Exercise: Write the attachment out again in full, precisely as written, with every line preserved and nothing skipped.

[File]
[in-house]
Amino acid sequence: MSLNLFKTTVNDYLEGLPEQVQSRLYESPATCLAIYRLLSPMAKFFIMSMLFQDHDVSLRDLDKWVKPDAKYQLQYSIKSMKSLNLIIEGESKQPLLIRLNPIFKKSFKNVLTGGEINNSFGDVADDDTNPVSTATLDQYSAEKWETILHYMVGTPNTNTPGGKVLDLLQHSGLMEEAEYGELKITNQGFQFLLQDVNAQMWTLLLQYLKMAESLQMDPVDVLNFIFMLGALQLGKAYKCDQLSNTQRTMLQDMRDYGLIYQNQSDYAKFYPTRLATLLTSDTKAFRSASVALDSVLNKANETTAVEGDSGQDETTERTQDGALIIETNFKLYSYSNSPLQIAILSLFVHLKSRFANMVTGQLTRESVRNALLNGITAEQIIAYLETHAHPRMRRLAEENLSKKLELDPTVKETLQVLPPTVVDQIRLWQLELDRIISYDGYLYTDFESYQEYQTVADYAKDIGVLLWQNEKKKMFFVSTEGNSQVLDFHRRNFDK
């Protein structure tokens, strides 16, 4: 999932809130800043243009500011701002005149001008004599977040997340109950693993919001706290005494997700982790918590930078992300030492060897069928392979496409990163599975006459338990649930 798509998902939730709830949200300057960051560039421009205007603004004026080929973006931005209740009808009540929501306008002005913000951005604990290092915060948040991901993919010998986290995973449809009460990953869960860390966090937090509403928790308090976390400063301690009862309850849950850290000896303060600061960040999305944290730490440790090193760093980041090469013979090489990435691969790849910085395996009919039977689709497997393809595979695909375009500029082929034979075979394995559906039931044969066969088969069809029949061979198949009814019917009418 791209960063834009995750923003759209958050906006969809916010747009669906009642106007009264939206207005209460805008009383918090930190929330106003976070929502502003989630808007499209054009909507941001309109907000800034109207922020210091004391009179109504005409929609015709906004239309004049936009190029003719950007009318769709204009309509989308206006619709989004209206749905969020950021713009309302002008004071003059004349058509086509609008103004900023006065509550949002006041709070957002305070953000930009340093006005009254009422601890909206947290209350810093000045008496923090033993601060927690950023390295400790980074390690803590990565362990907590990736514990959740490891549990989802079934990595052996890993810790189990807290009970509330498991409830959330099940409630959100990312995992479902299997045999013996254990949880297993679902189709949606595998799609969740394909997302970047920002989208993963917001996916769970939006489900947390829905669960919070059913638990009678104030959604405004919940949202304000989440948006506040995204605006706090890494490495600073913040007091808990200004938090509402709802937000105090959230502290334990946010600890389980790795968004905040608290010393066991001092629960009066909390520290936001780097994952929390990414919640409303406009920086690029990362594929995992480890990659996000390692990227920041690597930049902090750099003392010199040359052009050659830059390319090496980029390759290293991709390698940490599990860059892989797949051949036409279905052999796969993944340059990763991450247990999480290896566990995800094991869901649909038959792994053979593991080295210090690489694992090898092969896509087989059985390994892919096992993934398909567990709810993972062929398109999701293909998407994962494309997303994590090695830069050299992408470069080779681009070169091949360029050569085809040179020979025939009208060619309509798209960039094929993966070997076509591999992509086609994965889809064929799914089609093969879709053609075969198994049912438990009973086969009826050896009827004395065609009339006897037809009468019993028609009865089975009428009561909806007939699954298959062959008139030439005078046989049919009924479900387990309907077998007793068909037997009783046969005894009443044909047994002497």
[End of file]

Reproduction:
[in-house]
Amino acid sequence: MSLNLFKTTVNDYLEGLPEQVQSRLYESPATCLAIYRLLSPMAKFFIMSMLFQDHDVSLRDLDKWVKPDAKYQLQYSIKSMKSLNLIIEGESKQPLLIRLNPIFKKSFKNVLTGGEINNSFGDVADDDTNPVSTATLDQYSAEKWETILHYMVGTPNTNTPGGKVLDLLQHSGLMEEAEYGELKITNQGFQFLLQDVNAQMWTLLLQYLKMAESLQMDPVDVLNFIFMLGALQLGKAYKCDQLSNTQRTMLQDMRDYGLIYQNQSDYAKFYPTRLATLLTSDTKAFRSASVALDSVLNKANETTAVEGDSGQDETTERTQDGALIIETNFKLYSYSNSPLQIAILSLFVHLKSRFANMVTGQLTRESVRNALLNGITAEQIIAYLETHAHPRMRRLAEENLSKKLELDPTVKETLQVLPPTVVDQIRLWQLELDRIISYDGYLYTDFESYQEYQTVADYAKDIGVLLWQNEKKKMFFVSTEGNSQVLDFHRRNFDK
């Protein structure tokens, strides 16, 4: 999932809130800043243009500011701002005149001008004599977040997340109950693993919001706290005494997700982790918590930078992300030492060897069928392979496409990163599975006459338990649930 798509998902939730709830949200300057960051560039421009205007603004004026080929973006931005209740009808009540929501306008002005913000951005604990290092915060948040991901993919010998986290995973449809009460990953869960860390966090937090509403928790308090976390400063301690009862309850849950850290000896303060600061960040999305944290730490440790090193760093980041090469013979090489990435691969790849910085395996009919039977689709497997393809595979695909375009500029082929034979075979394995559906039931044969066969088969069809029949061979198949009814019917009418 791209960063834009995750923003759209958050906006969809916010747009669906009642106007009264939206207005209460805008009383918090930190929330106003976070929502502003989630808007499209054009909507941001309109907000800034109207922020210091004391009179109504005409929609015709906004239309004049936009190029003719950007009318769709204009309509989308206006619709989004209206749905969020950021713009309302002008004071003059004349058509086509609008103004900023006065509550949002006041709070957002305070953000930009340093006005009254009422601890909206947290209350810093000045008496923090033993601060927690950023390295400790980074390690803590990565362990907590990736514990959740490891549990989802079934990595052996890993810790189990807290009970509330498991409830959330099940409630959100990312995992479902299997045999013996254990949880297993679902189709949606595998799609969740394909997302970047920002989208993963917001996916769970939006489900947390829905669960919070059913638990009678104030959604405004919940949202304000989440948006506040995204605006706090890494490495600073913040007091808990200004938090509402709802937000105090959230502290334990946010600890389980790795968004905040608290010393066991001092629960009066909390520290936001780097994952929390990414919640409303406009920086690029990362594929995992480890990659996000390692990227920041690597930049902090750099003392010199040359052009050659830059390319090496980029390759290293991709390698940490599990860059892989797949051949036409279905052999796969993944340059990763991450247990999480290896566990995800094991869901649909038959792994053979593991080295210090690489694992090898092969896509087989059985390994892919096992993934398909567990709810993972062929398109999701293909998407994962494309997303994590090695830069050299992408470069080779681009070169091949360029050569085809040179020979025939009208060619309509798209960039094929993966070997076509591999992509086609994965889809064929799914089609093969879709053609075969198994049912438990009973086969009826050896009827004395065609009339006897037809009468019993028609009865089975009428009561909806007939699954298959062959008139030439005078046989049919009924479900387990309907077998007793068909037997009783046969005894009443044909047994002497």